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SMED: Production changeover within minutes!

In this week's article, we explain more about the definition of the lean method called: SMED - Single-minute exchange of die. We also describe the importance and steps needed to implement this method correctly for manufacturing.

The definition of SMED

The concept of SMED is one of the many lean production methods to reduce waste and have an efficient way of manufacturing. As the demands of clients increase so does the flexibility of the production machinery. Big production machines are usually hard to reprogram, and it could take up to 24 hours before these are reinstalled and ready for production of a specific and new product. SMED stands for: Single-minute exchange of die, which means in short that this method dramatically reduces changeover time. A ‘die’ is a specialized, and in most circumstances customized cut or shape which is used as a mould. In the ‘old days’ when the final product run was done, the equipment shut down. When the machine was at a full stop, the line would be cleaned and tools and programs adjusted or reinstalled for the next project. After several hours of adjustments, the production would start again for a new project. The SMED method aims to reduce the time of this process, from end to beginning. The switch from one production to another without losing too much time.

Why implement the SMED method?

Besides the apparent reason that SMED reduces changeover time, which makes a production process as efficient as possible, another reason for the usage of this method is the reliability of the delivery time as the production can be started a lot quicker than before, which in return also reduces stock. Makes sense, when you have a machine that takes a lot of time and effort to reprogram you tend to produce more and save it in stock so you do not have to reprogram the machinery that often. Products in stock take up space which in turn means costs for the warehouse. But, with production machines switching within minutes, you can produce the products on demand. Also, think about the competitive market nowadays, technology is moving fast, and you have to be on top of it with your production. You might want to optimize your product, and with SMED this can be implemented in the production process within minutes. So, by implementing the SMED method it saves you money, and it is efficient. These are obvious reasons to implement the process. But how is this method cost saving and efficient? Read below the benefits when the SMED process is implemented correctly and how it can be cost saving:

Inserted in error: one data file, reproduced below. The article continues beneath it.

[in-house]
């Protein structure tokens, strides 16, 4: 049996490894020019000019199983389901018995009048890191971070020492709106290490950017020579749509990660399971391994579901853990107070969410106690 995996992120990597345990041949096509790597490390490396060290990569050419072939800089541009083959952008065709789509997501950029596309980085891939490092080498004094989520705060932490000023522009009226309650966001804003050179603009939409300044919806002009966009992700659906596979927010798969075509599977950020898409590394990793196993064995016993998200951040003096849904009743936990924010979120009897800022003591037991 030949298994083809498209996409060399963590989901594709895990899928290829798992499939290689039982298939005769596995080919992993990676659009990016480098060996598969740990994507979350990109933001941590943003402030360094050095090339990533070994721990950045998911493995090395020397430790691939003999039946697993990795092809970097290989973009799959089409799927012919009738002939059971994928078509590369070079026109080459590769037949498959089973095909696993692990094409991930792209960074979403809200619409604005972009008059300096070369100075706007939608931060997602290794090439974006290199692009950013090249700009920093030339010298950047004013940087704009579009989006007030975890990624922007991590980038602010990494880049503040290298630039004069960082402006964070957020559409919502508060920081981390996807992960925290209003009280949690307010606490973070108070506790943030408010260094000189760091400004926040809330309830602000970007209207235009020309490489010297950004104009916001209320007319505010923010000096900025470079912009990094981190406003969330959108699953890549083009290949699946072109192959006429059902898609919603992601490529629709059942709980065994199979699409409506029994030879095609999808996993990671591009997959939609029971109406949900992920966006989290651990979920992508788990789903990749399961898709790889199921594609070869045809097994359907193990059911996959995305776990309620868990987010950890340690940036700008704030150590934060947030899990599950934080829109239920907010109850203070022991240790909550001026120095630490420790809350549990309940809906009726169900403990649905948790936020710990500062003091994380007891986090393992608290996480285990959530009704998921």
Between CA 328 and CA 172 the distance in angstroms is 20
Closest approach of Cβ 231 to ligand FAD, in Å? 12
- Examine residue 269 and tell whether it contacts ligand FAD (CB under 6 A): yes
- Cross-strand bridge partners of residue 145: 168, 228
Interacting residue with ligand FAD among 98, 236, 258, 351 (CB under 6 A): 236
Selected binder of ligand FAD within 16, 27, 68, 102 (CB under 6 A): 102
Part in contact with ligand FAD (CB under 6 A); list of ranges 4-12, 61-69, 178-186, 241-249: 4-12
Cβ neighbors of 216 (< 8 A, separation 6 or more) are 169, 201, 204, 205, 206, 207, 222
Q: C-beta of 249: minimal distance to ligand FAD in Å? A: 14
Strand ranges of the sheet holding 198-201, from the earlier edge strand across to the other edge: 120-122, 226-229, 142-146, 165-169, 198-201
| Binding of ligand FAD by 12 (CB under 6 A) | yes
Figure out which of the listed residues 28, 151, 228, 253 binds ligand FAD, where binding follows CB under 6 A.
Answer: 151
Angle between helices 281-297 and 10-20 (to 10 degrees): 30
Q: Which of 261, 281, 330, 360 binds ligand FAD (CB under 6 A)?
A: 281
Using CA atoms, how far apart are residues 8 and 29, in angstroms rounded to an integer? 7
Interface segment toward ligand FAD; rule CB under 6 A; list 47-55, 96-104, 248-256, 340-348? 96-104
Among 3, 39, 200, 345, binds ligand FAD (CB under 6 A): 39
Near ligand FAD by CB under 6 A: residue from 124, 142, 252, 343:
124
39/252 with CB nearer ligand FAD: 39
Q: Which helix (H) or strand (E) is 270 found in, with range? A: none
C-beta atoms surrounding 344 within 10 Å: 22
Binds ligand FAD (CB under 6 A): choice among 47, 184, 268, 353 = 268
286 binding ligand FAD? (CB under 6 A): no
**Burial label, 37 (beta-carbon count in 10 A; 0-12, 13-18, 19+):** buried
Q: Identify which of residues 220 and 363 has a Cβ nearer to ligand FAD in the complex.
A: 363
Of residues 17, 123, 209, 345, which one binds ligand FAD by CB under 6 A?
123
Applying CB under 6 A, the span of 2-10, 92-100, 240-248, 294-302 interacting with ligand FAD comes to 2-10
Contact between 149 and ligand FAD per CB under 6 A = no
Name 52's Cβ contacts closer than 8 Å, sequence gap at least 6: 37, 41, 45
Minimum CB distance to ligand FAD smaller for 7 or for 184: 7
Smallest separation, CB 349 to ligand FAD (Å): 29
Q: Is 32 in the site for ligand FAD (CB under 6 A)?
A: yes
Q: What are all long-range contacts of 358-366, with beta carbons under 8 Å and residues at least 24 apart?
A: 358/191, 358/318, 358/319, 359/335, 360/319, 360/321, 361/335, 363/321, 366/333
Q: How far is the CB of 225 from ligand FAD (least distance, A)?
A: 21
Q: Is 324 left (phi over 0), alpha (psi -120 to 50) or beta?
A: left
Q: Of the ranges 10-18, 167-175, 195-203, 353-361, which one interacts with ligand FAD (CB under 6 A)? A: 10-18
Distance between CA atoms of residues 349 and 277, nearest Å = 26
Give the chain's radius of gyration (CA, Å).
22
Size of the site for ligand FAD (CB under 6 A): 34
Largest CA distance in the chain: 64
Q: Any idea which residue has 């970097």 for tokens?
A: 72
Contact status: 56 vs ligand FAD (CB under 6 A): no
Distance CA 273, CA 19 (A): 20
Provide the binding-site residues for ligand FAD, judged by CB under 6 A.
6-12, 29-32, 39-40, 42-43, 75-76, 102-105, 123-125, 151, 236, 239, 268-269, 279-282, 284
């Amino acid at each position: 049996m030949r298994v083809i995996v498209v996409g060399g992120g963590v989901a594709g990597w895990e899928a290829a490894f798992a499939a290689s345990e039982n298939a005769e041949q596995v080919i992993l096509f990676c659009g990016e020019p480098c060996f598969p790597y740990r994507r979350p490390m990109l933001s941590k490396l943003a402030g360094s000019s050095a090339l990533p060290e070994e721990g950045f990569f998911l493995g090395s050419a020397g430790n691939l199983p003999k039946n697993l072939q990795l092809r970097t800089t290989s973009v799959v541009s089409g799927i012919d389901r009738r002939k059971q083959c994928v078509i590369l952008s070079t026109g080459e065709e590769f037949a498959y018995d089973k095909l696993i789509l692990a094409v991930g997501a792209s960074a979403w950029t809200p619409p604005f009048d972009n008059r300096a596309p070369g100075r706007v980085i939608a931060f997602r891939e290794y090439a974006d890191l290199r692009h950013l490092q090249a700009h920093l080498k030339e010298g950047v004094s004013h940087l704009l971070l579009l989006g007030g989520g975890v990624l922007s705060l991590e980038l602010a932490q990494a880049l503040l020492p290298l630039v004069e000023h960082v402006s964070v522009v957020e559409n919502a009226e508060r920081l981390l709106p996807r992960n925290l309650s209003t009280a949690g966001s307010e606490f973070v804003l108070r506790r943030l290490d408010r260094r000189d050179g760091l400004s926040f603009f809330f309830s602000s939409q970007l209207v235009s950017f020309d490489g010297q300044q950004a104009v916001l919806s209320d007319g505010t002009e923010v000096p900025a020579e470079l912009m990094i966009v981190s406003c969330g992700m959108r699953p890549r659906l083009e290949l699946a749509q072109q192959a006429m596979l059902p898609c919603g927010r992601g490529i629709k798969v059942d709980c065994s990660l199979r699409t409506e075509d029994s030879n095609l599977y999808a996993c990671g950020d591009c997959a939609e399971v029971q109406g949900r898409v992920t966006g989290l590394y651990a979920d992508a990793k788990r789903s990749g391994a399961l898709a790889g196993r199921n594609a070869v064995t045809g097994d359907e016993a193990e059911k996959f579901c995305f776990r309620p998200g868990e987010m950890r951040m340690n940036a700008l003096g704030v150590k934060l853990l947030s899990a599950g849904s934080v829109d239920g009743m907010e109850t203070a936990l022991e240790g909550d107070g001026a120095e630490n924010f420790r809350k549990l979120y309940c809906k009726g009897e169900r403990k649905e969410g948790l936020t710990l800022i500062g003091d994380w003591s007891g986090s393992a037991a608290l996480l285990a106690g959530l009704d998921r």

• Reliability of delivery time
  • Reduction of stock and less warehouse space needed
  • Easy optimization of a product
  • Flexibility in planning which in return enables the manufacturer to be more responsive to their clients
  • Machines increase in work rate
  • Safety increases as proper guidelines are set up during the switch

How to implement the SMED method

First off, you start with checking your current working method with a critical and analytic eye. Then the first step to implement the SMED method is to differentiate the ‘externals’ from the ‘internals’. An external is something that can be prepared in advance, and an internal can only be executed when the production line is stopped. Then you want to make sure that you convert as many internals to externals as possible. When this step is done, it’s time to review all externals and optimise these, so they take less time to prepare. To make sure the switching process goes as smoothly as possible for future production, a report and script are prepared with all the details to switch the machinery for a specific product. The document made is always open to improvement, and the step-by-step guide will continuously be optimized.

Separating internals and externals

When you want to switch a process or convert a machine, some parts can be changed whilst the equipment is running. Other parts that need to be adjusted require the production line to come to a full stop. So the main difference between internals and externals:
  • Internal processes require the equipment to fully be at a standstill to be able to adjust a different production. One example of an internal activity is the removal of an old tool and placing a new tool.
  • Externals are parts that can be replaced while the machine is still operating. Examples of external activities are preparing the tools for the setup but also fetching raw materials for the production process. With the SMED method, one of the key points to implement this method, as mentioned above, is to switch internals elements to externals. You can guess why; the less internals you have to adjust, the less time the machine needs to be at a full stop.

SMED method at Rompa

Rompa already uses various lean methods and techniques to improve the workflow, combat waste and improve the overall production line. One of those methods that Rompa implemented is SMED. Two interns at Rompa investigated the importance and possibilities to have a lean workflow for the company. Read about their findings here!

Contact Rompa for more information

In this article, we have explained the basic understanding of SMED, but there is so much more to it! Would you like to know how the SMED method is being implemented in our production machines? Or are you interested in finding out more about this topic? We would be eager to tell you all about it! Would you like to speak to our specialists about this? Don’t hesitate and contact us! We at Rompa are always happy to answer all your questions and give you additional advice.